John calls Judas a thief and that could refer to a number of different things.  He may have been literally guilty of taking money right out of the box for his own personal use.  Maybe he was at the moment planning on taking some of the money but hadn't done it yet.  It's also possible that being referred to as a thief simply meant he loved money and was guilty of coveting, which is the same and just as bad as actual, literal thievery. 

            Just think about the implications of that for just a moment.  The worst of men can lurk in the heart of the most noble professions.  Many people act and talk like they love Jesus and are a true follower, yet they really don't care anything for Him at all.  It's even possible to have people right here in our own fellowship who are just going through the motions and paying Christ lip-service, but who truly don't know the Lord.  Even teachers, preachers, deacons and pastors can serve in those positions without being truly born again. 

            Don't bother trying to figure out who it might be in our church.  Don't be trying to casually look around the room to see if you can figure out who it might be that's here and acting the part but not truly of the Lord.  From all outward appearances they are OK.  Only God knows the true condition of the human heart; only God can properly judge the soul and where one truly is at spiritually.


            Jesus comes to Mary's defense in light of Judas' attack on her actions.  In the Holman it reads that Jesus said, "Leave her alone. '  Jesus will never stop or rebuke anyone who sincerely desires to please Him.  Even if others would not do the same as Mary, Jesus at least tells them to allow her to do it.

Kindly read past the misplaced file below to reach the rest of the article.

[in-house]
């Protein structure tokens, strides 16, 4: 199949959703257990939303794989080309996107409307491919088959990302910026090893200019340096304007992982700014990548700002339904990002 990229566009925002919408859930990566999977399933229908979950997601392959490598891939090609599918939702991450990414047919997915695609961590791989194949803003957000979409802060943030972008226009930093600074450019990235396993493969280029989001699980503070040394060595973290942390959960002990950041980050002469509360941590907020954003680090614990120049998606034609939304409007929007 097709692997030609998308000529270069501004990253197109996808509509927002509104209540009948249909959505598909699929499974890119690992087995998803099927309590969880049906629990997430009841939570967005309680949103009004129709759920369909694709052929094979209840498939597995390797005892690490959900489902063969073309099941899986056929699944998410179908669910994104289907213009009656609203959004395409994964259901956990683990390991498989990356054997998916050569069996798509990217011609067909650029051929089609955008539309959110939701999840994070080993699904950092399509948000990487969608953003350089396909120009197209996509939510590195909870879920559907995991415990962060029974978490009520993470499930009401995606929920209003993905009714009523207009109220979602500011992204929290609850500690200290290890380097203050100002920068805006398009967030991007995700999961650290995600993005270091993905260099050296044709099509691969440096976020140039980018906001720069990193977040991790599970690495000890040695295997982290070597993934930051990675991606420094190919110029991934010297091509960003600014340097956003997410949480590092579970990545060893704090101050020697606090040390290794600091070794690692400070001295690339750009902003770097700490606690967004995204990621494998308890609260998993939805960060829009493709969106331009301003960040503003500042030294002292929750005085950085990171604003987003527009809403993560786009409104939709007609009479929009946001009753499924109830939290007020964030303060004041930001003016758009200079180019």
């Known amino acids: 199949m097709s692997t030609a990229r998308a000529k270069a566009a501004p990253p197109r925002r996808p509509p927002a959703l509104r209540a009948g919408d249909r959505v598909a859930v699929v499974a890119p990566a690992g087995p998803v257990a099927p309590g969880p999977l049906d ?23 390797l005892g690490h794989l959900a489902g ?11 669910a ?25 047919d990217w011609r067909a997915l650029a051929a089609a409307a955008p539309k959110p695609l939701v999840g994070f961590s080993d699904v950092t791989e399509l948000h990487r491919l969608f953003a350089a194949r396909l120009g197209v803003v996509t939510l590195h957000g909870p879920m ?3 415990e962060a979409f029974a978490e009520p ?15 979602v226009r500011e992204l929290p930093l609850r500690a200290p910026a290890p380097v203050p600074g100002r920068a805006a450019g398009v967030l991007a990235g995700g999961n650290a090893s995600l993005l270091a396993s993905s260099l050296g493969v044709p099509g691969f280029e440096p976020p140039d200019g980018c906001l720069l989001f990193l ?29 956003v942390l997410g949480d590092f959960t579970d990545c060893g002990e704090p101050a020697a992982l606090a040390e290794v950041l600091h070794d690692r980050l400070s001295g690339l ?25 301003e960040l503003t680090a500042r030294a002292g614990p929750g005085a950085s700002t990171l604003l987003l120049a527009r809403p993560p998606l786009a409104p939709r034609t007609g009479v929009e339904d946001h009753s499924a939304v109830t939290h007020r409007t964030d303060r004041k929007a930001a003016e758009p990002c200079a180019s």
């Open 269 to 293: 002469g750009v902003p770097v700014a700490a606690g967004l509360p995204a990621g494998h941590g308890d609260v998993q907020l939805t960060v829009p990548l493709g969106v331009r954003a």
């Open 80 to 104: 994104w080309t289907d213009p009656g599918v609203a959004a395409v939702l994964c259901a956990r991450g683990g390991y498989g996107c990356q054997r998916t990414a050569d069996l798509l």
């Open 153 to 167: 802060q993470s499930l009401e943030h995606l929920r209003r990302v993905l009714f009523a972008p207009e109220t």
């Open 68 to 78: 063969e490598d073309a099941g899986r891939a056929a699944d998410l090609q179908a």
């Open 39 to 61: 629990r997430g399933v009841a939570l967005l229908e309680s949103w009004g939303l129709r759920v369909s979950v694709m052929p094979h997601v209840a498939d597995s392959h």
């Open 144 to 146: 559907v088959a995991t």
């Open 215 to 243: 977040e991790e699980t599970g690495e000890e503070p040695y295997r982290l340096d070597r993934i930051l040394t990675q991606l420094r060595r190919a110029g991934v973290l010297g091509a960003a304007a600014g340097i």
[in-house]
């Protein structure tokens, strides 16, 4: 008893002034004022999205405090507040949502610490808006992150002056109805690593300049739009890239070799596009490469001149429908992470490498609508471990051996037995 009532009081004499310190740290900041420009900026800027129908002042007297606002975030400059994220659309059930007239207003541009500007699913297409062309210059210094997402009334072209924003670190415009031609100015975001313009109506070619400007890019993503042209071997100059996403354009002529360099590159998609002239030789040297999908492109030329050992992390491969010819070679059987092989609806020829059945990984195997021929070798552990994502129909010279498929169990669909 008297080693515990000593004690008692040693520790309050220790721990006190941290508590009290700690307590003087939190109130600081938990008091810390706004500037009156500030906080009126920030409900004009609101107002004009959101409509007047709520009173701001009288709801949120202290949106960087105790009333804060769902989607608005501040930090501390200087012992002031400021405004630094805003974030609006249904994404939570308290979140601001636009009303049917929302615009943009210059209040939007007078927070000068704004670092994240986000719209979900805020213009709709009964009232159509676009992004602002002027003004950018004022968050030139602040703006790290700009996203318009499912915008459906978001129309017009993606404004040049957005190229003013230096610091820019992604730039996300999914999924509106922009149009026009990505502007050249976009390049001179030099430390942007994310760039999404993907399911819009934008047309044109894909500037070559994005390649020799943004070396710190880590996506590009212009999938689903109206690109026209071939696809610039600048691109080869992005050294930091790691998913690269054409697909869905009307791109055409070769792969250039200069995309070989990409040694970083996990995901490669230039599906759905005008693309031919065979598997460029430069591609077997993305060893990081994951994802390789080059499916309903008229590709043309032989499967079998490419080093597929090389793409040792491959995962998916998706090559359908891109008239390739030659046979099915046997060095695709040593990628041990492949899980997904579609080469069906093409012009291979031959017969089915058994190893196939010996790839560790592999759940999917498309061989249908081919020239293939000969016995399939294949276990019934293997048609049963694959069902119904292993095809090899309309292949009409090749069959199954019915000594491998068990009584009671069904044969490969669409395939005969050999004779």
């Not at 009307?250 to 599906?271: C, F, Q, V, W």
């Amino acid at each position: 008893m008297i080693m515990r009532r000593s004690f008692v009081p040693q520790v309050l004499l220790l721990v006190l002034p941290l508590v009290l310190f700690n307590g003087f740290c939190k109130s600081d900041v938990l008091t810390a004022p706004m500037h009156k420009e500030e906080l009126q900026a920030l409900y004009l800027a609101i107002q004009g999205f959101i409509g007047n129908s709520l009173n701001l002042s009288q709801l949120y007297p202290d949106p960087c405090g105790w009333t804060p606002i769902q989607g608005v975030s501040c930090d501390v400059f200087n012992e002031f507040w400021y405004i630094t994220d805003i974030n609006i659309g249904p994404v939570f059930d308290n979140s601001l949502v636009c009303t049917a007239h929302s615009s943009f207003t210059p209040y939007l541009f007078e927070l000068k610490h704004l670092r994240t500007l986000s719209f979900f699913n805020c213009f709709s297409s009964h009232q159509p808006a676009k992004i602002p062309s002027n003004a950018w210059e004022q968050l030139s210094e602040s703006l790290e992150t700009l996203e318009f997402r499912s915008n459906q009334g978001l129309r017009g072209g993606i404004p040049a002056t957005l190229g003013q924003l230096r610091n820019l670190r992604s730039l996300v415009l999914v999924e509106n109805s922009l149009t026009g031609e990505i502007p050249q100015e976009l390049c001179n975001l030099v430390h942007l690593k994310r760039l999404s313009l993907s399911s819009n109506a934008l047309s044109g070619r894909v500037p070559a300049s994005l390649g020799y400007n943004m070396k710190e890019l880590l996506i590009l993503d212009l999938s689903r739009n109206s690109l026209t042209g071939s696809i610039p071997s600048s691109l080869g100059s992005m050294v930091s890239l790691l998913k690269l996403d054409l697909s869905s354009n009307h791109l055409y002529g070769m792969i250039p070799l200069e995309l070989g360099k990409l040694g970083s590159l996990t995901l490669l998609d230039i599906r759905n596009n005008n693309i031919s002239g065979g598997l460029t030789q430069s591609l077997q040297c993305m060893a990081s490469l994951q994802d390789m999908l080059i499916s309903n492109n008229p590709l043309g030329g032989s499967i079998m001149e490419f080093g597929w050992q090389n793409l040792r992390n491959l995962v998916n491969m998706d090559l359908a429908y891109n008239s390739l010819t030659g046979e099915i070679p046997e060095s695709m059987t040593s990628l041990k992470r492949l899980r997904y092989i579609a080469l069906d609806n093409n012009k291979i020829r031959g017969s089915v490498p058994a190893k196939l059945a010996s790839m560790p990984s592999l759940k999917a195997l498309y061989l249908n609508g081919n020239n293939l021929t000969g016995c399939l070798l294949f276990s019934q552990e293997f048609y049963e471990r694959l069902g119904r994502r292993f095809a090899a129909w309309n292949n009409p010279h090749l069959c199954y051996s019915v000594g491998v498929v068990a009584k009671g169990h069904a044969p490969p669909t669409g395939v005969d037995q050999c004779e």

We don't all worship or respond or serve Jesus in exactly the same way.  Take our worship for example.  Some people like to sing and they sing out loud.  Others are more quiet and sometimes really don't even sing out loud at all.  There are some who like to clap or raise their hands, others are much more reserved in their public worship.  As long as we are doing everything in a godly manner according to biblical principles, then we need to be OK with different people engaging the Lord differently.  If someone is different than you, and is not unbiblical in their approach, leave them alone.

            Jesus reveals here and alludes to His impending and upcoming death.  He states that Mary did this for the day of His burial.  We could paraphrase it this way:  "You do not begrudge the ointment used for the embalming of your dead friends, nor say that it should be sold and given to the poor.  The day of my death is now at hand and she has anointed a body that is already as good as dead."

            It's possible that Mary had originally purchased this expensive perfume to be used in laying out His body for burial.  Now, instead, she was using it to express her devotion to Him while He was still alive.  He saw it as a symbolic embalming of His body for burial.  There would be no shortage of opportunity for them to do good to the poor.  The time for expression of devotion however, was growing short. 


            With Jesus being in Bethany and Bethany being so close to Jerusalem, crowds were starting to form.  People were coming to see Jesus and they were also coming to see Lazarus.  Maybe they were even coming to see the two of them together.  It's possible some in the crowd came to confirm their faith in Christ.  Maybe others were looking to hear the story of the resurrection from Lazarus himself.  No doubt, there were plenty in the crowd who just wanted to satisfy their curiosity in a man who had died and was now living.  It could be that some wanted to ask Lazarus some questions about what it was like to be dead.

            This all fed into the growing agitation and frustration of the Jewish religious leaders.  They were becoming more and more desperate to get rid of Jesus and stop His influence.  They had put the word out that anyone who knew where He was needed to report that to the authorities or risk being thrown out of the temple.  But no one apparently was helping them.